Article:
Pebble Core And Amazon’s Alexa Officially Unite
Echo's Virtual Assistant On The Go
Just last week the Kickstarter smartwatch company Pebble announced a revamp to its entire product line. The Pebble 2 and Pebble Time 2 welcomed the Pebble Core: a portable Spotify player with smartphone internals and no screen. The device was meant for music-lovers, of course, but also for tinkerers: Because it runs Android, developing apps for the Core could extend its functionality to allow for some interesting uses. Now, Pebble itself is adding in a feature that makes the Core even more useful: Amazon’s Alexa voice assistant will come to the portable media player.
As we mentioned in our initial post about Alexa coming to the Pebble Core, the company has shown great interest in adding a virtual assistant to its products. In a blog post today, the company announced that Pebble would indeed add the Alexa voice assistant to the Core. According to Pebble, “With Amazon Alexa, Pebble Core can:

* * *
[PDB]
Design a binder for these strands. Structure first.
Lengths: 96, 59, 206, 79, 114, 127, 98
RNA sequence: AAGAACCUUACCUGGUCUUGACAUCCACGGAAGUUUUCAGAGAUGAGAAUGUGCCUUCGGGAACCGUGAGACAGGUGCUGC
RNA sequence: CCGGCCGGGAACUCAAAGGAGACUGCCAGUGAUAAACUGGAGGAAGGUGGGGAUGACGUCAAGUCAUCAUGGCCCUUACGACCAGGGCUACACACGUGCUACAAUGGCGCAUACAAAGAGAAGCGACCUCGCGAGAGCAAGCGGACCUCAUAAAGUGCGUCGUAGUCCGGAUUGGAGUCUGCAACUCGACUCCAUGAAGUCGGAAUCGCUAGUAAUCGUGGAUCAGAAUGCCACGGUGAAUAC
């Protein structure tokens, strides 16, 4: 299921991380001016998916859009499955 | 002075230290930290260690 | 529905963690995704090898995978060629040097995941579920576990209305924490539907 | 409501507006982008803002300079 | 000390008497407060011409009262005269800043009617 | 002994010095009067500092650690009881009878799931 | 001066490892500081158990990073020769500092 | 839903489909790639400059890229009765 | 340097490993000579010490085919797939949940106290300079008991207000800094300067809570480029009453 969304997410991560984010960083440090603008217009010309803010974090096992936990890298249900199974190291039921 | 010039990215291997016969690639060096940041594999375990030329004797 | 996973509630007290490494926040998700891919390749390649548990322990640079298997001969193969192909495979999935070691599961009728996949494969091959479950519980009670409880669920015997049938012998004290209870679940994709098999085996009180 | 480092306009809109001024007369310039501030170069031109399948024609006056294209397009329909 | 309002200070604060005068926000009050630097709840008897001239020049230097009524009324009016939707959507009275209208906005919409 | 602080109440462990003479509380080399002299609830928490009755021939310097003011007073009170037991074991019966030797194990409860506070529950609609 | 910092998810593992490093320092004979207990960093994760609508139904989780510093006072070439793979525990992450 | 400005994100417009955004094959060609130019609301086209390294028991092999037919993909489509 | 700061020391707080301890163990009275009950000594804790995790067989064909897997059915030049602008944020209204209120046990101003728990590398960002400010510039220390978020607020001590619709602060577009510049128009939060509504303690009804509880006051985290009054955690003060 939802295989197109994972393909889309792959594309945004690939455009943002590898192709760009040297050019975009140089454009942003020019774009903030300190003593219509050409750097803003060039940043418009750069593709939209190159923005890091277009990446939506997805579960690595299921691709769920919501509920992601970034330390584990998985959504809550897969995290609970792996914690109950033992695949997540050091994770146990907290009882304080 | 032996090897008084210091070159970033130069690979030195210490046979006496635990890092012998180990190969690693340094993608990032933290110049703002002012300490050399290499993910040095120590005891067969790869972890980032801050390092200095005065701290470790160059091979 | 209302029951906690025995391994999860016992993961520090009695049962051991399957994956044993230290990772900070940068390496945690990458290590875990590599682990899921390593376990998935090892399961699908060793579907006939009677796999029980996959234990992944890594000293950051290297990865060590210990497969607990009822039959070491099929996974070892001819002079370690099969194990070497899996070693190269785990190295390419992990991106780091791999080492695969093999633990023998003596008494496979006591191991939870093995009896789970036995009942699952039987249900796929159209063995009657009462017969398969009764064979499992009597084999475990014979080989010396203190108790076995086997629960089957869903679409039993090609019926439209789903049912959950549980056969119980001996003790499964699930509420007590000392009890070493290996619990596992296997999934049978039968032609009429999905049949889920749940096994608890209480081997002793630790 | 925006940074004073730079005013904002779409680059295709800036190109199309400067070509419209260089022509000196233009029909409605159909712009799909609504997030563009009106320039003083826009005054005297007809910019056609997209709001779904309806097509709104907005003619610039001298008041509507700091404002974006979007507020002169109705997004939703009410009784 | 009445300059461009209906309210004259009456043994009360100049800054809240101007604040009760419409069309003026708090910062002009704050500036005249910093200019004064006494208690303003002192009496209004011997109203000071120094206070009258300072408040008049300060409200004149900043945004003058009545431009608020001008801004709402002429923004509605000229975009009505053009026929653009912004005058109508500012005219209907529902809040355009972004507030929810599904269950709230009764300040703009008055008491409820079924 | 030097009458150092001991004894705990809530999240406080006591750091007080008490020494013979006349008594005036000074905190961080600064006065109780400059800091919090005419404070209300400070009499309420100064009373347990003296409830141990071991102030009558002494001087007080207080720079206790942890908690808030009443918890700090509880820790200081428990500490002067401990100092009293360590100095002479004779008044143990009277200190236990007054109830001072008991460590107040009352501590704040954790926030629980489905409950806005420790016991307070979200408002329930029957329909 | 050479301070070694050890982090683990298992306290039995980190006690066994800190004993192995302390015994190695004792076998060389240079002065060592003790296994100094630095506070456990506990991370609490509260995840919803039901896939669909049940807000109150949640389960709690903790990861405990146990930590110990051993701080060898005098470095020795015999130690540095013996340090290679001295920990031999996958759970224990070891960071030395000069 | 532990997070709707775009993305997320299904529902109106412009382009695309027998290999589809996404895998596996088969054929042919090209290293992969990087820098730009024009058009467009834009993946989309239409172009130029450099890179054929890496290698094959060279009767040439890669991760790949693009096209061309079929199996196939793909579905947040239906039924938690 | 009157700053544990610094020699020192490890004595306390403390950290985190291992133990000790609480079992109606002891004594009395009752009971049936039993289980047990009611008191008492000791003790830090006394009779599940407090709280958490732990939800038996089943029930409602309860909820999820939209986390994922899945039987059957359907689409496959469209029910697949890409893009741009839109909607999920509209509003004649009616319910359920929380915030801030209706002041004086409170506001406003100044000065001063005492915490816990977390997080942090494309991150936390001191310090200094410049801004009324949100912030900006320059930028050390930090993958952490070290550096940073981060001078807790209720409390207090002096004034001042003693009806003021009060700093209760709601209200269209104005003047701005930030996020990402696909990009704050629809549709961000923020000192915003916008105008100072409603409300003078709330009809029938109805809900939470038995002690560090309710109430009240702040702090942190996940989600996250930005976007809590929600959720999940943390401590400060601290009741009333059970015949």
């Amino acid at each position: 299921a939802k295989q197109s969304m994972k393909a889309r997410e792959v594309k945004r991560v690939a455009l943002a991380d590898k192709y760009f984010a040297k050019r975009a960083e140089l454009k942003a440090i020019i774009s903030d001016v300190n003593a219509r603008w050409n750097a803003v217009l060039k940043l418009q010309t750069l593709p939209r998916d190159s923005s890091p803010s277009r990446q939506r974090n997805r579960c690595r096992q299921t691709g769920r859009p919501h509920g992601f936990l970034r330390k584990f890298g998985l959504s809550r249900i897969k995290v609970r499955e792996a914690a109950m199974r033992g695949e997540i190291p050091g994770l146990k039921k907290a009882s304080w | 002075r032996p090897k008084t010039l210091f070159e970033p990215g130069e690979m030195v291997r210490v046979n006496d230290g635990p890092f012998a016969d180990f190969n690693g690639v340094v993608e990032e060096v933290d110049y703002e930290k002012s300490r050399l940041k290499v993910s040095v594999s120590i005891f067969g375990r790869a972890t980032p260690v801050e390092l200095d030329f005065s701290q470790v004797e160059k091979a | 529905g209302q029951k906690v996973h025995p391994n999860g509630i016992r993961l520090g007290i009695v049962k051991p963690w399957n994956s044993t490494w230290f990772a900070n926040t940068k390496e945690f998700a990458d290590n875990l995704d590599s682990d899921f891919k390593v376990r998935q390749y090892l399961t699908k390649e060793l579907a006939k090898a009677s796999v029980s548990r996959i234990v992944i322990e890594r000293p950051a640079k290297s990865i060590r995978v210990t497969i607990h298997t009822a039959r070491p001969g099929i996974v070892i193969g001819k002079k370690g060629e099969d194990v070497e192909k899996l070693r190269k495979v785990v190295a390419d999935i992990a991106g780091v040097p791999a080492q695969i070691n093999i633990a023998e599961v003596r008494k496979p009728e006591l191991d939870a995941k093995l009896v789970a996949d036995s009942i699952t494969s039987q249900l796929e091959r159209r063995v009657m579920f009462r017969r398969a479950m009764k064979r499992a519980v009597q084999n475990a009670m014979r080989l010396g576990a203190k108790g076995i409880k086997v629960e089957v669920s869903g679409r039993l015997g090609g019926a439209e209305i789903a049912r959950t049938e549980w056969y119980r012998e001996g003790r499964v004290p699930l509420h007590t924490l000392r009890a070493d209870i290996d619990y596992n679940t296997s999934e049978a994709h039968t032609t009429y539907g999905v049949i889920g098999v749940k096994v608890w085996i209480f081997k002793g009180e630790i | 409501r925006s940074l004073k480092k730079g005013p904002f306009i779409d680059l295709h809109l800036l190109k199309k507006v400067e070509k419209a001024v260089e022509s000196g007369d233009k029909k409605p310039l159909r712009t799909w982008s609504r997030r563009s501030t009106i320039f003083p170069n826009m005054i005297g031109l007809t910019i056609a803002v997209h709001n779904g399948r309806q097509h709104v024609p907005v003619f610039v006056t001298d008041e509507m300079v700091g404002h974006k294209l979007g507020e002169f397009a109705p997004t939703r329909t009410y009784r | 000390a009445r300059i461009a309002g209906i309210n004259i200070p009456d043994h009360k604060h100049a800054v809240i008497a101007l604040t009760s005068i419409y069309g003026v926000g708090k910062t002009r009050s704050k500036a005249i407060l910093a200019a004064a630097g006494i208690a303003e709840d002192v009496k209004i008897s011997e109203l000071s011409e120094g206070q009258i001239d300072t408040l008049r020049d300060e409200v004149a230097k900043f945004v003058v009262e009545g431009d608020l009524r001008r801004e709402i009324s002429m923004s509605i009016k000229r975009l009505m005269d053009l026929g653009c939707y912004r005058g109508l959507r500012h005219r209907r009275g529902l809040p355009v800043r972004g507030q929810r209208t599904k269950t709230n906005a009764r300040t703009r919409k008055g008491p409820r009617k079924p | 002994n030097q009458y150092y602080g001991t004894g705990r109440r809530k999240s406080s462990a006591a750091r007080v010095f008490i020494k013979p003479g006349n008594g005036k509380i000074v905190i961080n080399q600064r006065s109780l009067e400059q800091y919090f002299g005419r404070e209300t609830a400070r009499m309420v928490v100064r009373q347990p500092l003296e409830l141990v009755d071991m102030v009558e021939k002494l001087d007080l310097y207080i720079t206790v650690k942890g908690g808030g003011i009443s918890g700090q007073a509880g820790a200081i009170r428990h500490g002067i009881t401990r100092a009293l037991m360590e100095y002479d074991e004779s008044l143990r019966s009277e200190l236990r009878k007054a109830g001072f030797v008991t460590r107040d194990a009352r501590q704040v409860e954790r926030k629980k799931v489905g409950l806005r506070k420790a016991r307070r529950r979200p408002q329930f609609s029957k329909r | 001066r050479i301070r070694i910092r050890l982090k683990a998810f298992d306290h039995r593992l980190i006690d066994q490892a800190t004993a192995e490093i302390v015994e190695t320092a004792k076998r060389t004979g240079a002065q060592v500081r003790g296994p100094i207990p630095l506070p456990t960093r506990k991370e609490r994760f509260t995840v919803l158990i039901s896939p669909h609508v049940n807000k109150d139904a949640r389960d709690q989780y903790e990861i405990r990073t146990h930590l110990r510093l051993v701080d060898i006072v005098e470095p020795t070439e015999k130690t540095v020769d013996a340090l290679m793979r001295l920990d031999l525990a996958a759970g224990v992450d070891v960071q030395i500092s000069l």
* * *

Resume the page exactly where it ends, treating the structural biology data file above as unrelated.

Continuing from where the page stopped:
- Play songs, artists, and playlists from Amazon Prime Music, iHeartRadio, and more
- Brief you with news headlines from USA Today, The Washington Post, or The Huffington Post.
- Review your Pebble Health summary for the day, like heart rate, step count, and calories burned.
- Order pizzas for the gang on game day.
- Shop for gifts and necessities on Amazon.
- Get weather and traffic updates.
- Set a timer for a set of side planks.
- Control smart home devices like lights, thermostats, locks, and more.
- Tell you a joke.
- Answer almost any question you can think of—from the nutritional information of certain foods to movie facts on IMDB.”
Third-party companies not affiliated with Amazon are able to implement Alexa using the company’s Amazon Voice Service API (AVS). This means that Pebble can imbue its Core player with the features of Amazon’s Echo. In addition to the features above, as Alexa learns new abilities, those features will also come to the Pebble Core. According to the blog post, Pebble CEO Eric Migicovsky says we can expect much from the first portable implementation of Amazon’s Alexa: